In case you hadn't heard, Spotify's finally given its Android app the update love it deserves. It's looking for feedback in the form of an app preview, available to download now -- if you're willing to install from "unknown sources". The update is a top-to-bottom refresh, bringing the sort of functions (lockscreen player?) we've been patiently waiting for, all wrapped up in Android's Holo theme. How does it all fare? Step beyond the break to see.
New Spotify for Android preview screenshotsSee all photos
There's some fundamental changes that are instantly recognizable. Tapping play within the app didn't thrust us to the Now Playing window -- we remained exactly where we were within the app. While the Now Playing album art view still exists, we soon got used to the bar at the bottom telegraphing exactly what we were listening to. The whole navigation of the app is similarly cleaner and faster. Menu items have been corralled into a side menu similar to that found on the Android Facebook app, while playlists are now prioritized by offline play capability -- which eliminated another niggle of the old app. Downloading those offline playlists has also been given a boost even in this more precarious preview version. We found huge playlists zoomed onto our HTC One S through WiFi much faster than before, and the "extreme" option for audio quality already found on the iOS version has finally made its way to Android. Album and artist artwork have both been beefed up visually with high resolution pictures now populating the app, while we could now swipe through our own top artists and overall top-ranking albums on the main Spotify screen. Artist pages are eminently more navigable, as we were able to swipe between the overview, related artists and biography screens. It all results in an app that's looking a lot slicker and more modern.
For us, it's the lockscreen player that's already our favorite addition. Previously a huge oversight, there's now no need to potter through a locked-down wallpaper and reload the Spotify app just to skip a track. The controls are simple; there's pause, forward and back track, but with a volume rocker on the hardware, that's largely all that's needed. On the sidelines, search and social functions have both been boosted -- whether we wanted to accidentally display all of our karaoke favorites to frosty indie friends or not. Tracks, albums and artists all pack a share button to connect with plenty of Android apps and social networks, while we could check on our friend's latest discoveries and compilations in an instant. Search results are now stratified by type and include album, artist and stand-alone tracks.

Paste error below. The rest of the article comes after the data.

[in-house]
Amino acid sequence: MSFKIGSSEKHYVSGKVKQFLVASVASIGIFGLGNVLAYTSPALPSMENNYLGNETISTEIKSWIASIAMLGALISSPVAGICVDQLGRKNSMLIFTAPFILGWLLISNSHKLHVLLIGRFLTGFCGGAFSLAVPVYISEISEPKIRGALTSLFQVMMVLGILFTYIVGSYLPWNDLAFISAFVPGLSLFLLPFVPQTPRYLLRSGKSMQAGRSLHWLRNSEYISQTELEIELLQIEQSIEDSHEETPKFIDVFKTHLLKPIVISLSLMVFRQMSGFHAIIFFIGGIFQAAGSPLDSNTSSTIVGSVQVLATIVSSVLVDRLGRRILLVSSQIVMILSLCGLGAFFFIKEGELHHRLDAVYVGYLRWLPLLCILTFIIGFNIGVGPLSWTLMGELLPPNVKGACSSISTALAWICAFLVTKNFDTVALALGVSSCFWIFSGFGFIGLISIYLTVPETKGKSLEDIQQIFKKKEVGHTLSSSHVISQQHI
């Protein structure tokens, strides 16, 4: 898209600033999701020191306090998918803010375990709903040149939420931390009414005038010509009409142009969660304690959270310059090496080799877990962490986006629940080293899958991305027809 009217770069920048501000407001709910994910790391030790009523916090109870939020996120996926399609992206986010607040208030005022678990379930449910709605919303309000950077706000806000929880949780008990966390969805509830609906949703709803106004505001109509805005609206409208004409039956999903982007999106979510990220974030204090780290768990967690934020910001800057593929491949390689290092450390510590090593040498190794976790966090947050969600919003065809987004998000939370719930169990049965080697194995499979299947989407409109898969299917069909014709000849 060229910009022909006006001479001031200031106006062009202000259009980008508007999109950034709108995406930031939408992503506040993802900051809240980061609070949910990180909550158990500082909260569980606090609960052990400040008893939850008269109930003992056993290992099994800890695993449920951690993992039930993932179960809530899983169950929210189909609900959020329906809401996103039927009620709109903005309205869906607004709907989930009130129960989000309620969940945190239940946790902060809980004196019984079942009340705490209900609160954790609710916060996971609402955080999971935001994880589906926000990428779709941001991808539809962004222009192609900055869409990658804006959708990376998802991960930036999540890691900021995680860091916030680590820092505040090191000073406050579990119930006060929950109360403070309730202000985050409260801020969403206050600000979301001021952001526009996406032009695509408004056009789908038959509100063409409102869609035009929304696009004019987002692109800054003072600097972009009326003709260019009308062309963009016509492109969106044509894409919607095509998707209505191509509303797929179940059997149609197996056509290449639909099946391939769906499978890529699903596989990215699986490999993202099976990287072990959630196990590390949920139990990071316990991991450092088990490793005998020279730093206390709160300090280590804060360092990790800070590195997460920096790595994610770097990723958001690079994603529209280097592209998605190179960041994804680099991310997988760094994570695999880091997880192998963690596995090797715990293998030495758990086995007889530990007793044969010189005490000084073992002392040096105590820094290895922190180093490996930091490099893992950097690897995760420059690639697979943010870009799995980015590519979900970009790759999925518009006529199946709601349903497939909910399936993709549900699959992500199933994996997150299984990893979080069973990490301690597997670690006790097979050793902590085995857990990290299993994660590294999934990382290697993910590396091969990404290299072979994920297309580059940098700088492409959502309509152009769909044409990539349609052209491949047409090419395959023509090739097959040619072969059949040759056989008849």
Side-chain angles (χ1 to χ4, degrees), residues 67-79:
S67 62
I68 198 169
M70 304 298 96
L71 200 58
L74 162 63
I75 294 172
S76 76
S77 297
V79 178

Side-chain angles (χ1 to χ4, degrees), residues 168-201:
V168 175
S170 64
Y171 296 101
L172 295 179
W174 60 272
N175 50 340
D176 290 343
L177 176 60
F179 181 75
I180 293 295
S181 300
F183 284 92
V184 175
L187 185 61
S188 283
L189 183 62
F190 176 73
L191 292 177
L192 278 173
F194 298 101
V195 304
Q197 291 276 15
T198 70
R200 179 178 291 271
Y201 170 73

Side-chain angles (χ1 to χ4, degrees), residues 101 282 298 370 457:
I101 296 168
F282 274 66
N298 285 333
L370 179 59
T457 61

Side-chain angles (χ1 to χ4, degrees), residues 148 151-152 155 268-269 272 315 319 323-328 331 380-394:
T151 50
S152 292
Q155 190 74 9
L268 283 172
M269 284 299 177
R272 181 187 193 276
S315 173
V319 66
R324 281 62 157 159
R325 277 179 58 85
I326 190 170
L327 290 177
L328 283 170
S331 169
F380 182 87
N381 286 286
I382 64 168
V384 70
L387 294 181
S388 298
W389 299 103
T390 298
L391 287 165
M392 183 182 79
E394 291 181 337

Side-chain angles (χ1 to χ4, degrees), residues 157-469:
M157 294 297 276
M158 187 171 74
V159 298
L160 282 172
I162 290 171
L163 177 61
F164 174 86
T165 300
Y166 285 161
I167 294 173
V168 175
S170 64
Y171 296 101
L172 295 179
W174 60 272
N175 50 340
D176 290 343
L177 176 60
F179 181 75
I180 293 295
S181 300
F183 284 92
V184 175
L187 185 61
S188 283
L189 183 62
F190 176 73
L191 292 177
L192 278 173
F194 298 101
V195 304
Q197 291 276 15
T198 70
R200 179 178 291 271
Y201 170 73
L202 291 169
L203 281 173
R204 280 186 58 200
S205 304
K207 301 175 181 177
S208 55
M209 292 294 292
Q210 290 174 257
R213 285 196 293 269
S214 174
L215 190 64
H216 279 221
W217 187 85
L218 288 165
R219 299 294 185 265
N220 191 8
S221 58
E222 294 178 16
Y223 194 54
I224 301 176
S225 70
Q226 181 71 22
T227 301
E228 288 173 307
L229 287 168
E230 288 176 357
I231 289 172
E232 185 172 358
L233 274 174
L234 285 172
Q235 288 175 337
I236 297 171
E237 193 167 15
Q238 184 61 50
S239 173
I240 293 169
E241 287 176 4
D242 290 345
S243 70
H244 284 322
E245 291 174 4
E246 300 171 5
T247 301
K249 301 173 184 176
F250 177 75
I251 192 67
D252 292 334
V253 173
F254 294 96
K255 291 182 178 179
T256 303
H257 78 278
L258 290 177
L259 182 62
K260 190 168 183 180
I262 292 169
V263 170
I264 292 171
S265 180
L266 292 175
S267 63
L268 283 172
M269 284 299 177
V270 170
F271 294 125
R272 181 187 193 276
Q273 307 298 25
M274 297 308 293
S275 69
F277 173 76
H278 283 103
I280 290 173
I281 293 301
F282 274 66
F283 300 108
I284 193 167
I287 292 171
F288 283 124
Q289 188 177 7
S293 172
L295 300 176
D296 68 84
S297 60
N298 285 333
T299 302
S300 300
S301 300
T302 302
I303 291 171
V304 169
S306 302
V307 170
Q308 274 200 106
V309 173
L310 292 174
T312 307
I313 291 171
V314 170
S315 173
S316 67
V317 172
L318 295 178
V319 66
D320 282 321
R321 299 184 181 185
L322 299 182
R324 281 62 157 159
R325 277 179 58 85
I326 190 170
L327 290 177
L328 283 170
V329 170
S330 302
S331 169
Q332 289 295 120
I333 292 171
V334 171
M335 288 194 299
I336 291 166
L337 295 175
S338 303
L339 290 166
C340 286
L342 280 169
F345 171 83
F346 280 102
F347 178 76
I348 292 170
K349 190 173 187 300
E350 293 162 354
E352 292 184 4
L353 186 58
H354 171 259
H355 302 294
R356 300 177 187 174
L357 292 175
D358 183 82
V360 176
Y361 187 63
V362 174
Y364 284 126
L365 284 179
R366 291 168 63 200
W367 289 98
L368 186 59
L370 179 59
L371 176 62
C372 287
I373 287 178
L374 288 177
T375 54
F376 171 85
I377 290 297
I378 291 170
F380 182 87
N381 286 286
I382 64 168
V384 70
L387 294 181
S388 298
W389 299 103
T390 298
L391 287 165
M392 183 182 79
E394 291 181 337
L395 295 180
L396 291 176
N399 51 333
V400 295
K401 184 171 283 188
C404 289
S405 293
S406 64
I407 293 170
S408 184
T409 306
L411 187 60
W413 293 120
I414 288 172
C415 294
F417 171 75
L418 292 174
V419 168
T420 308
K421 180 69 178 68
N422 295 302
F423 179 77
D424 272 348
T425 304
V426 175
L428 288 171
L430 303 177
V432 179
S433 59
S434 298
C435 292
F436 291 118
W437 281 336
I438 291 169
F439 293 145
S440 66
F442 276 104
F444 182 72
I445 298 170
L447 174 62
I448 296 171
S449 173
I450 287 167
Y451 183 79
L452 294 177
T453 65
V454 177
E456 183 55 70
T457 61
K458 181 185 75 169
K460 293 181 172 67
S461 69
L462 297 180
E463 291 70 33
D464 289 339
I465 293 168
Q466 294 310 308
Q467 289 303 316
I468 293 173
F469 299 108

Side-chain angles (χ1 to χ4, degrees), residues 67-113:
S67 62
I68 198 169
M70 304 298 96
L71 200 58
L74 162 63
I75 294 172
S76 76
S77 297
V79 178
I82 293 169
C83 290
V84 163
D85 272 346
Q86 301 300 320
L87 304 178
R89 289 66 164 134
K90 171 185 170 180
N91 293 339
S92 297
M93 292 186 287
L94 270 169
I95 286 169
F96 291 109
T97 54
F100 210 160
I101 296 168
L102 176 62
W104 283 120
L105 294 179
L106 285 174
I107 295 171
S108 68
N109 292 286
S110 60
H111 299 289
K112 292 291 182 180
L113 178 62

We've been promised even more functionality before it officially arrives on Google Play, including Last.fm scrobbling -- crossing those musical streams like the desktop version -- but this is a great teaser of what we can expect. It solves plenty of the problems we've had with the existing Android version and, for a preview, the app was surprisingly stable. We suffered no crashes, unlike the existing version, which has died on us during syncing on more than one occasion. In fact, we had no problems at all during our testing over the last eight hours -- that is, aside from the lack of a widget. You can try it out at the source link below.